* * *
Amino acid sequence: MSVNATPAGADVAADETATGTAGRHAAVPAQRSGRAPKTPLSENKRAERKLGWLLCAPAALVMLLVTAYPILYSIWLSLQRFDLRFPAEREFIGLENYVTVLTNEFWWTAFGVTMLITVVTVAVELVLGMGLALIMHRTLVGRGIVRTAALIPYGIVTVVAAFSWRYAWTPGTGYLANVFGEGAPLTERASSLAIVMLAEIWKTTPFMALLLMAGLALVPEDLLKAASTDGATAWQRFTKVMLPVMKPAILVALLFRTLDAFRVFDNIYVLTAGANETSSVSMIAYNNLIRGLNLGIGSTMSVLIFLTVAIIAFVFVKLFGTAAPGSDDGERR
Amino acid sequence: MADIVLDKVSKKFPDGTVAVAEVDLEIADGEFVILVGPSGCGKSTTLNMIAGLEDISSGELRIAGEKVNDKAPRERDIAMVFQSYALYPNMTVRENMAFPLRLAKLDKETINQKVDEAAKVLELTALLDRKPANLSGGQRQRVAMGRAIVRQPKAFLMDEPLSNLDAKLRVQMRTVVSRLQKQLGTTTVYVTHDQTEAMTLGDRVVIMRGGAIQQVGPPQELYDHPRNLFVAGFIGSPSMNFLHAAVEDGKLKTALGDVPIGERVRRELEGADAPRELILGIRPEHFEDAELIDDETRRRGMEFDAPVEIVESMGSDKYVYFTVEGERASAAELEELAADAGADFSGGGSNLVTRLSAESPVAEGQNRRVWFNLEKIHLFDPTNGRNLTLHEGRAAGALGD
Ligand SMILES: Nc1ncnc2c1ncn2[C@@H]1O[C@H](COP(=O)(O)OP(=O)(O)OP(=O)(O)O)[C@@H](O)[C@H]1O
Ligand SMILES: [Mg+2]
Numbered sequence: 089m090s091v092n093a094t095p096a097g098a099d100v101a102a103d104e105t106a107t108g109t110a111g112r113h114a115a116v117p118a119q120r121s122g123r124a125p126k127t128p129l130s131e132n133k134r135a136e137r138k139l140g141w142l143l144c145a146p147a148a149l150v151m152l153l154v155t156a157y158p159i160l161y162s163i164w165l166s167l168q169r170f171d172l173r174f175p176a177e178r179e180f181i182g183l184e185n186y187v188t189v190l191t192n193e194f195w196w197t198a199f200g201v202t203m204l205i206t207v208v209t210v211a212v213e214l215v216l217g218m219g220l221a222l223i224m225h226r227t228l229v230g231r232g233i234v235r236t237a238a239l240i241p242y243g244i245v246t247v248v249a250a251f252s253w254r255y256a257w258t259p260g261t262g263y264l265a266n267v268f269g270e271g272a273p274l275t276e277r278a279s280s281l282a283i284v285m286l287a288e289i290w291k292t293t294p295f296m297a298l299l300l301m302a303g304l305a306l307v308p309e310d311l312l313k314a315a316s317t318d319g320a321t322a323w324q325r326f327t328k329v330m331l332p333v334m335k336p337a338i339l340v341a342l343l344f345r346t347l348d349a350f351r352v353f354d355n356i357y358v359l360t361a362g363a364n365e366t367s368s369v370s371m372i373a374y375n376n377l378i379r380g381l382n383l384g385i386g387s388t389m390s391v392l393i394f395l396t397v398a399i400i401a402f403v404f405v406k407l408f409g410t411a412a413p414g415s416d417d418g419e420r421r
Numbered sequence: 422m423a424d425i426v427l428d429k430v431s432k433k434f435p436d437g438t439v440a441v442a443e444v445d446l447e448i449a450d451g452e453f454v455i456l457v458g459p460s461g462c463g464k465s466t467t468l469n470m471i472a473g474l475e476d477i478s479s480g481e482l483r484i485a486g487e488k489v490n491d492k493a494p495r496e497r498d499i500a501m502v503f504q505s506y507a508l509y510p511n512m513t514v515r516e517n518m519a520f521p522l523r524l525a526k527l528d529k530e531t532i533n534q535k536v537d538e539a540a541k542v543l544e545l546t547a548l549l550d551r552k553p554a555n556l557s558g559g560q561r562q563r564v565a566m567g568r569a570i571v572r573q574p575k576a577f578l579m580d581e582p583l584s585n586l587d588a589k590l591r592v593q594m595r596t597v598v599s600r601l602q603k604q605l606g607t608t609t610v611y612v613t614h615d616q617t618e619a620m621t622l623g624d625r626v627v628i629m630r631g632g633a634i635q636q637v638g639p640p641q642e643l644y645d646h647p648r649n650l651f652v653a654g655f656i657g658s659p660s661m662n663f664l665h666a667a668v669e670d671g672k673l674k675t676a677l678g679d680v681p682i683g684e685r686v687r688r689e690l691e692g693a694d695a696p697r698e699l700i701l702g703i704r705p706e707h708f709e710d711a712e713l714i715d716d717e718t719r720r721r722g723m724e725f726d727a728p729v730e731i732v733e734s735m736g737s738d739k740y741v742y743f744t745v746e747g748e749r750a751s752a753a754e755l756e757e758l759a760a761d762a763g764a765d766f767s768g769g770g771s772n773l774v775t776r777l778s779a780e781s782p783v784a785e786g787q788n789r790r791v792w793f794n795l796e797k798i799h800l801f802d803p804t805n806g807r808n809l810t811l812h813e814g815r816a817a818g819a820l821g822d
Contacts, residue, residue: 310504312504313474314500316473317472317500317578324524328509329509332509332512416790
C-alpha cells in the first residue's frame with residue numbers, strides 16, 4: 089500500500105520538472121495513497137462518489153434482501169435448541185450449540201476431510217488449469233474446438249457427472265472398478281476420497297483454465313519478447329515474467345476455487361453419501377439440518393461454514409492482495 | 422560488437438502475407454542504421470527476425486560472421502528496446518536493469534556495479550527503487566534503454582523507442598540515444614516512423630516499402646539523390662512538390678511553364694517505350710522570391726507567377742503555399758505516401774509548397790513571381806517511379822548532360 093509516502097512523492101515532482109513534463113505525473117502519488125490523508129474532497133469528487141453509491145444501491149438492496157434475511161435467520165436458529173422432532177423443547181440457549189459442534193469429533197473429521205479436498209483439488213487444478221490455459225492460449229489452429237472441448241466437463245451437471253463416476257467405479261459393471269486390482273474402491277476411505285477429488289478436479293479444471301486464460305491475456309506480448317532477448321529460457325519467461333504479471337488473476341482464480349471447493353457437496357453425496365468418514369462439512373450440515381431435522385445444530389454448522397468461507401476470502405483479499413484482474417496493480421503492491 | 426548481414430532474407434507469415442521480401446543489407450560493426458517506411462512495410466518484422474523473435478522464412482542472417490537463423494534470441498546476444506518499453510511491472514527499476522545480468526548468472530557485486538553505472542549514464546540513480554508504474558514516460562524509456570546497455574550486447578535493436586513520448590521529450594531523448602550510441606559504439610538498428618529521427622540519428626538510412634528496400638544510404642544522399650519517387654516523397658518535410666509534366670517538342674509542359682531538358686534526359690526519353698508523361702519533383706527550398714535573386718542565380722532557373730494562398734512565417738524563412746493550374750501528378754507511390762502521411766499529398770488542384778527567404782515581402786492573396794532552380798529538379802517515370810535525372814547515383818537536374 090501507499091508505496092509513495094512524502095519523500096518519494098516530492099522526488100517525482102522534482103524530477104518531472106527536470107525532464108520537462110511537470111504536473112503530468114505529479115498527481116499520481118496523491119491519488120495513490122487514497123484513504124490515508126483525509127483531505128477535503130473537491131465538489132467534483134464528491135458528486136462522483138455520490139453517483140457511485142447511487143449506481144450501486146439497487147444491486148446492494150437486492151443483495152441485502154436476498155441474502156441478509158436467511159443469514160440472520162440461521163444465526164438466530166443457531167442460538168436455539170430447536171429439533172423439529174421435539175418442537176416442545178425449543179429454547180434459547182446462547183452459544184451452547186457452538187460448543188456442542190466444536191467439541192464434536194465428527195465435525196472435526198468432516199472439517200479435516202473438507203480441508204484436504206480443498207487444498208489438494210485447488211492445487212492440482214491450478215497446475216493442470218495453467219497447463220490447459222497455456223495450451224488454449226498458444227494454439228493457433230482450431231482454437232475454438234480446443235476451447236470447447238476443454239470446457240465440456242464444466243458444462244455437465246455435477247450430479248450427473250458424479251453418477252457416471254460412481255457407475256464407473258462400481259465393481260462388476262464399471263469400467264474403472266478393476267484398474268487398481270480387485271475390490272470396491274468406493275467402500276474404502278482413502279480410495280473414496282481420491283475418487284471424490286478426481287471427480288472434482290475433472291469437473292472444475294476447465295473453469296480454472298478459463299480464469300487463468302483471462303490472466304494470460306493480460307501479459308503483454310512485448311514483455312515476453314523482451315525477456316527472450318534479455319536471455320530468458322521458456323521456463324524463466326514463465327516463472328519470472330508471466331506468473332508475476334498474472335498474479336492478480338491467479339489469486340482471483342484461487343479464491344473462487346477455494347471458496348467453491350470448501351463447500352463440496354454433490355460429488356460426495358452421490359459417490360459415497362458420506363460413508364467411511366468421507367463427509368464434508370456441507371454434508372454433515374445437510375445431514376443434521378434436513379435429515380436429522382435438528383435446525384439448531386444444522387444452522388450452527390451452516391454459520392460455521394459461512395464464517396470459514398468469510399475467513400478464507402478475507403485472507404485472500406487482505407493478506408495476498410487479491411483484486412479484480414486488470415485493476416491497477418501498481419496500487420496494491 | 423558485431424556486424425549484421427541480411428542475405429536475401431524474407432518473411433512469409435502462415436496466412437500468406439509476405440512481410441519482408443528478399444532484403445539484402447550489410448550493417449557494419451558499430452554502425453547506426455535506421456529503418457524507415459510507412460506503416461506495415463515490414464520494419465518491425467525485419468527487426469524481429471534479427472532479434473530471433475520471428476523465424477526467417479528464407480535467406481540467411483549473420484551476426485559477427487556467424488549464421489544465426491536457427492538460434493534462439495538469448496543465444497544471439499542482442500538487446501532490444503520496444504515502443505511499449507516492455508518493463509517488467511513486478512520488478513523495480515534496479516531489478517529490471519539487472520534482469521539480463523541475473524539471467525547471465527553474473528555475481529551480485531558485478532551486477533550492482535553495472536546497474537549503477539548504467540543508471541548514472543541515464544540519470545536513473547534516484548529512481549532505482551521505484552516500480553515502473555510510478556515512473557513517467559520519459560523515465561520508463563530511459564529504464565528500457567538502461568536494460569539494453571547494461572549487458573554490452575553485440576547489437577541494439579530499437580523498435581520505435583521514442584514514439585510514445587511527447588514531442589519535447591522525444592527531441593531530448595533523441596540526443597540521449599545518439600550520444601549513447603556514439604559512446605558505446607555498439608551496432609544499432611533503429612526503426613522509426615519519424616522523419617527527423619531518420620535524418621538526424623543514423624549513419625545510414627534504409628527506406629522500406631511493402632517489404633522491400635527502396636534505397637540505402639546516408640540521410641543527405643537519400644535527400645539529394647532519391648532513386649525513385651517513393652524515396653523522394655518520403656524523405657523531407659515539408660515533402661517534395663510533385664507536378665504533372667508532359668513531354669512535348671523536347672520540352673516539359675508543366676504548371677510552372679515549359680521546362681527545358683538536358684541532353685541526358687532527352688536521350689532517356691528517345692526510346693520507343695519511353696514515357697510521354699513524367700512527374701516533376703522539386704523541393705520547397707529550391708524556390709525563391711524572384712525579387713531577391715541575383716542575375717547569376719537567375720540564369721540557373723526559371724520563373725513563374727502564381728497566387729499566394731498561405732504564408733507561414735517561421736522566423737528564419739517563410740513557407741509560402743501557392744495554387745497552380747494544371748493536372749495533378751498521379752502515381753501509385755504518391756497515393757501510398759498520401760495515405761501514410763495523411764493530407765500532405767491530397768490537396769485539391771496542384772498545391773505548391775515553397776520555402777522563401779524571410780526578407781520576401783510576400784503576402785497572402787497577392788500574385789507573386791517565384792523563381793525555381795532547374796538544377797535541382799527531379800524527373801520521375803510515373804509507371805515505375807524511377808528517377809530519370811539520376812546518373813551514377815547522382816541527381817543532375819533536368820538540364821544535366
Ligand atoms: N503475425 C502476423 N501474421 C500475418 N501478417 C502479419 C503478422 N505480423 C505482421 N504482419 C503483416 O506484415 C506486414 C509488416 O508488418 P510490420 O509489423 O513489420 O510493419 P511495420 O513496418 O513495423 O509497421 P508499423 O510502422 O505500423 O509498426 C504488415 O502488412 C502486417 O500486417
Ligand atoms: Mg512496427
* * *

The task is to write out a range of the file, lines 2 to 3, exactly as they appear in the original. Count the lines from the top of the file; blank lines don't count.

Amino acid sequence: MADIVLDKVSKKFPDGTVAVAEVDLEIADGEFVILVGPSGCGKSTTLNMIAGLEDISSGELRIAGEKVNDKAPRERDIAMVFQSYALYPNMTVRENMAFPLRLAKLDKETINQKVDEAAKVLELTALLDRKPANLSGGQRQRVAMGRAIVRQPKAFLMDEPLSNLDAKLRVQMRTVVSRLQKQLGTTTVYVTHDQTEAMTLGDRVVIMRGGAIQQVGPPQELYDHPRNLFVAGFIGSPSMNFLHAAVEDGKLKTALGDVPIGERVRRELEGADAPRELILGIRPEHFEDAELIDDETRRRGMEFDAPVEIVESMGSDKYVYFTVEGERASAAELEELAADAGADFSGGGSNLVTRLSAESPVAEGQNRRVWFNLEKIHLFDPTNGRNLTLHEGRAAGALGD
Ligand SMILES: Nc1ncnc2c1ncn2[C@@H]1O[C@H](COP(=O)(O)OP(=O)(O)OP(=O)(O)O)[C@@H](O)[C@H]1O